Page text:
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Chroniques / Logement informel, bidonvilles et fractures économiques : Cape Town post-apartheid. Posted by urbanites on Mardi, septembre 10, 2013 · 1 Comment Alexandre Tavin Dans un contexte d’urbanisation sans précédent à travers le monde, l’habitat précaire informel constitue un défi majeur dans les pays en développement.

Chroniques / Logement informel, bidonvilles et fractures économiques : Cape Town post-apartheid

UN-Habitat estime qu’aujourd’hui, près d’un milliard de personnes vivent dans des bidonvilles, chiffre qui devrait doubler d’ici 2030. L’Afrique du Sud pourrait sortir du lot : sa constitution a été louée pour son postcolonialisme, promettant une maison pour tous, notamment à travers des politiques progressives de logement sociaux. Cependant l’Afrique du Sud doit faire face à des flux exceptionnels de migrations vers les villes depuis la fin de l’apartheid et connait un déficit de logements de près de 2,5 millions d’unités.

Red-Hill (sud-ouest de Cape Town) (Tavin. 07/11) Au Cap, les shacks sont groupés le long des autoroutes de la ville (N2 & N1). Un shack à Red-Hill (Sud-Ouest de Cape Town) (Tavin. 07/11) Alexandre Tavin Bibliographie. Informal City. About + Contact. ABOUT FAVELissues FAVELissues is a collaborative blog analyzing urban informality on a global scale.

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With such an interdisciplinary team composed of sociologists, architects, planners, economists, political scientists, academics and practitioners, and such an international body (US, Brazil, Colombia, Venezuela, Ecuador, India, South Africa and Egypt amongst others) FAVELissues is sure to bring multiple perspectives – bridging both theory and practice- to discussions of city growth, development, and sustainability. Rocinha, Rio de Janeiro New economic processes and forms of urbanization are apparent in today’s society. With over half of the world’s population now urban, and a great percentage of the urbanization happening informally, the discourse of globalization and the global city can no longer exclude and is no longer separate from the informal one.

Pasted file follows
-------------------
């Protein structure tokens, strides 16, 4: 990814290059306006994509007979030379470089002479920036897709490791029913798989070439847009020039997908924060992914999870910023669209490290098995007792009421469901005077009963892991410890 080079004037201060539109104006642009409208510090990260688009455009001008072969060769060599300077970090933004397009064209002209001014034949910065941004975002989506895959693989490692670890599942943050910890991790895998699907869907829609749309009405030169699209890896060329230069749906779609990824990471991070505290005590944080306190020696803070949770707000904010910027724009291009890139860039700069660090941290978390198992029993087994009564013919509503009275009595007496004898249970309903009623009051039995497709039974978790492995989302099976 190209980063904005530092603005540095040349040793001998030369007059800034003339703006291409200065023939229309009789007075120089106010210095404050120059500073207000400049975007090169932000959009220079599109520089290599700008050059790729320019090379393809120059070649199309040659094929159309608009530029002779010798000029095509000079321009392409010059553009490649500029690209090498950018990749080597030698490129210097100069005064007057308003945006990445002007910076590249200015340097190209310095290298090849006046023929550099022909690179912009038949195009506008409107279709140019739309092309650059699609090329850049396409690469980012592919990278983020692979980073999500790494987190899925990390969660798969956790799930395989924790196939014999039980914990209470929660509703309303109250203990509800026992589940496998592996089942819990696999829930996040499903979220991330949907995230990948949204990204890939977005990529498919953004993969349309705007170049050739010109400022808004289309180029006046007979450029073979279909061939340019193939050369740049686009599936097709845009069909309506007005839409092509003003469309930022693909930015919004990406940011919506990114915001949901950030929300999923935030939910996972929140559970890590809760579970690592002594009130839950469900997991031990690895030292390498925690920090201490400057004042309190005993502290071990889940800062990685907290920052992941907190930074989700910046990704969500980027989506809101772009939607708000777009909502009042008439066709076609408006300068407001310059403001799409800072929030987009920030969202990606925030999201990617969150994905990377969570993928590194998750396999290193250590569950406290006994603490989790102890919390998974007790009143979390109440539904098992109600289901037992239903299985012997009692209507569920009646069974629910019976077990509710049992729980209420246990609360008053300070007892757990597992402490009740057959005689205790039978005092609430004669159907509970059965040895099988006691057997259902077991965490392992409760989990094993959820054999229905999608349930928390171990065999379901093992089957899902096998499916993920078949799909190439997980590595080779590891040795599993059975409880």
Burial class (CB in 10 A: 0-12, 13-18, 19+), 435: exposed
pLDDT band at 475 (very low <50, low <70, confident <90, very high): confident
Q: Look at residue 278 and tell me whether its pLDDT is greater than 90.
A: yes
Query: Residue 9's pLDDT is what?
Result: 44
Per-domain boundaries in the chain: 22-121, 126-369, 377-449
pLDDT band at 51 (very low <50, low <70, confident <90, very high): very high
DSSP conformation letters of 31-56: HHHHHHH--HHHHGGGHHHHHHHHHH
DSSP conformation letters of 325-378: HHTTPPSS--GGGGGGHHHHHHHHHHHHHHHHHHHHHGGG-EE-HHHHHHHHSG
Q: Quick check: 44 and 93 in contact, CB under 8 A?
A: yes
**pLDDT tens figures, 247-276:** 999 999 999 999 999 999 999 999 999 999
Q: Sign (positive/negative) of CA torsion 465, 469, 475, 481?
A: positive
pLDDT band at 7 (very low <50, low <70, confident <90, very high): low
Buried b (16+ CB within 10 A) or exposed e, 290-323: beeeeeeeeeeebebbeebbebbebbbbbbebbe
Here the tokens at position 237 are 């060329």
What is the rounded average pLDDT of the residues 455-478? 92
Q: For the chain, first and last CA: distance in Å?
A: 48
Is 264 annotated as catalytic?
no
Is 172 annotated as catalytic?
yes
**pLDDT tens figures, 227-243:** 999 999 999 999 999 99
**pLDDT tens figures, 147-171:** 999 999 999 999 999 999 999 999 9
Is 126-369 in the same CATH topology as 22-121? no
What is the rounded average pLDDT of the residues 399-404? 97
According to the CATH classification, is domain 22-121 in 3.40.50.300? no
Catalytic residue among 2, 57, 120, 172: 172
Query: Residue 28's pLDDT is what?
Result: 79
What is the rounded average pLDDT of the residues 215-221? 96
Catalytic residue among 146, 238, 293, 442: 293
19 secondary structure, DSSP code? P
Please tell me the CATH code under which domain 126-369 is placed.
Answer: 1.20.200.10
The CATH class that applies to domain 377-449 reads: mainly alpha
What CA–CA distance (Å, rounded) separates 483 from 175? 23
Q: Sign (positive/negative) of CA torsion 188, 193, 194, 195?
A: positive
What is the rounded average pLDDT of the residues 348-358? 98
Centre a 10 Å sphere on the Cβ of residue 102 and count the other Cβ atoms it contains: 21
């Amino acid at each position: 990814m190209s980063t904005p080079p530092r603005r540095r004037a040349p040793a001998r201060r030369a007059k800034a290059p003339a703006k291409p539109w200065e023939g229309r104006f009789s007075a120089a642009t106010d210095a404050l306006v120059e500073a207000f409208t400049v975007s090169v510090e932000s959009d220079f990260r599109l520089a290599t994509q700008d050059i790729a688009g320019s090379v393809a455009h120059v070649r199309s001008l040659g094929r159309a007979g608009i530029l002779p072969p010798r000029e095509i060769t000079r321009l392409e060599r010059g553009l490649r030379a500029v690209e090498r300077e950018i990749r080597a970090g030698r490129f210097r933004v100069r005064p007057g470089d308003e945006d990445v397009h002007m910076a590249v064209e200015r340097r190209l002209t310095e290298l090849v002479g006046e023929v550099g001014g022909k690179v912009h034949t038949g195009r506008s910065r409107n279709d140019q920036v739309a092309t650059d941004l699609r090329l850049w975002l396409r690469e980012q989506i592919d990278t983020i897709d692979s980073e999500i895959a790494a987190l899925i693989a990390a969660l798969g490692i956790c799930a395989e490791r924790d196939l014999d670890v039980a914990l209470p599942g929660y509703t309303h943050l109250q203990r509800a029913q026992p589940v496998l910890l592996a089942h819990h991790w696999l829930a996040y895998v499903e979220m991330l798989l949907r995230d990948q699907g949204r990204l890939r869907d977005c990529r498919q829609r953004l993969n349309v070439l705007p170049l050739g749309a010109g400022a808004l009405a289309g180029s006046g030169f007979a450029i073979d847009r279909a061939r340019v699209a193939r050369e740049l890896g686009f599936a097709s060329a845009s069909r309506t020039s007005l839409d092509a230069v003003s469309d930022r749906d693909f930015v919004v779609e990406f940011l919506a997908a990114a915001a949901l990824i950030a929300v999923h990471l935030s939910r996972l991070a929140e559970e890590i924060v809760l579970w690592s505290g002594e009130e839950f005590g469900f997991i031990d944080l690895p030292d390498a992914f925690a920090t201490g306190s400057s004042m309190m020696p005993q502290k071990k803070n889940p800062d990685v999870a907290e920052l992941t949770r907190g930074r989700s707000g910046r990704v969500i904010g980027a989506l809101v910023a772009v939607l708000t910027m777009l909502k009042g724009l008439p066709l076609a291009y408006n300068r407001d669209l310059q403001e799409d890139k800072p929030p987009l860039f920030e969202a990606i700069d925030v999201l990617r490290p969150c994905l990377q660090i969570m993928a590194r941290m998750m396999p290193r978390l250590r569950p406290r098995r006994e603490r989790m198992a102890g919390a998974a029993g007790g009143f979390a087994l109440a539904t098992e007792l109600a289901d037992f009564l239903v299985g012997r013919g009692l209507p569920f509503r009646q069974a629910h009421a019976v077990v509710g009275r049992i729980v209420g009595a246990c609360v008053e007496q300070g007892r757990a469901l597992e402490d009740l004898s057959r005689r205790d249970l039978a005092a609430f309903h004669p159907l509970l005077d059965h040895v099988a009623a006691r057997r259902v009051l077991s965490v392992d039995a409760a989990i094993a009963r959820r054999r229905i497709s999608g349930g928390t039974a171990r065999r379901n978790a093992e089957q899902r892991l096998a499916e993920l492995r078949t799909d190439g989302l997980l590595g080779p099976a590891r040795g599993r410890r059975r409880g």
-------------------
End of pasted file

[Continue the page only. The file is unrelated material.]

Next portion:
How should we manage urban growth, acknowledging that a large percentage of it lies in the realm of the favela? Like this: Like Loading... Économie informelle. ‎ 'Guerrilla stripers' add bike lanes to Detroit Avenue in Cleveland to protest slow city action.

View full sizeA cyclist took advantage Monday afternoon of the "guerrilla striping" of bike lanes on Detroit Avenue.Steven Litt, The Plain Dealer CLEVELAND, Ohio -- Renegade bicycle enthusiasts installed makeshift “bike lanes” on Detroit Avenue on the city's near West Side over the weekend, bringing to Cleveland the illegal practice of "guerrilla striping.

'Guerrilla stripers' add bike lanes to Detroit Avenue in Cleveland to protest slow city action

" The lanes consist of sometimes meandering strips of tape installed about four feet from the curb on both sides of the avenue between West 29th and West 32nd streets, with stenciled bike lane markings for "sharrows," or shared lanes, sprayed onto the pavement. Anonymous online commenters said the markings were sprayed chalk, not paint. A steady stream of bicyclists used the lanes Monday afternoon, and motorists generally respected the stripes. “It’s a liability issue if it’s not done right,” VanSickle said in a telephone interview.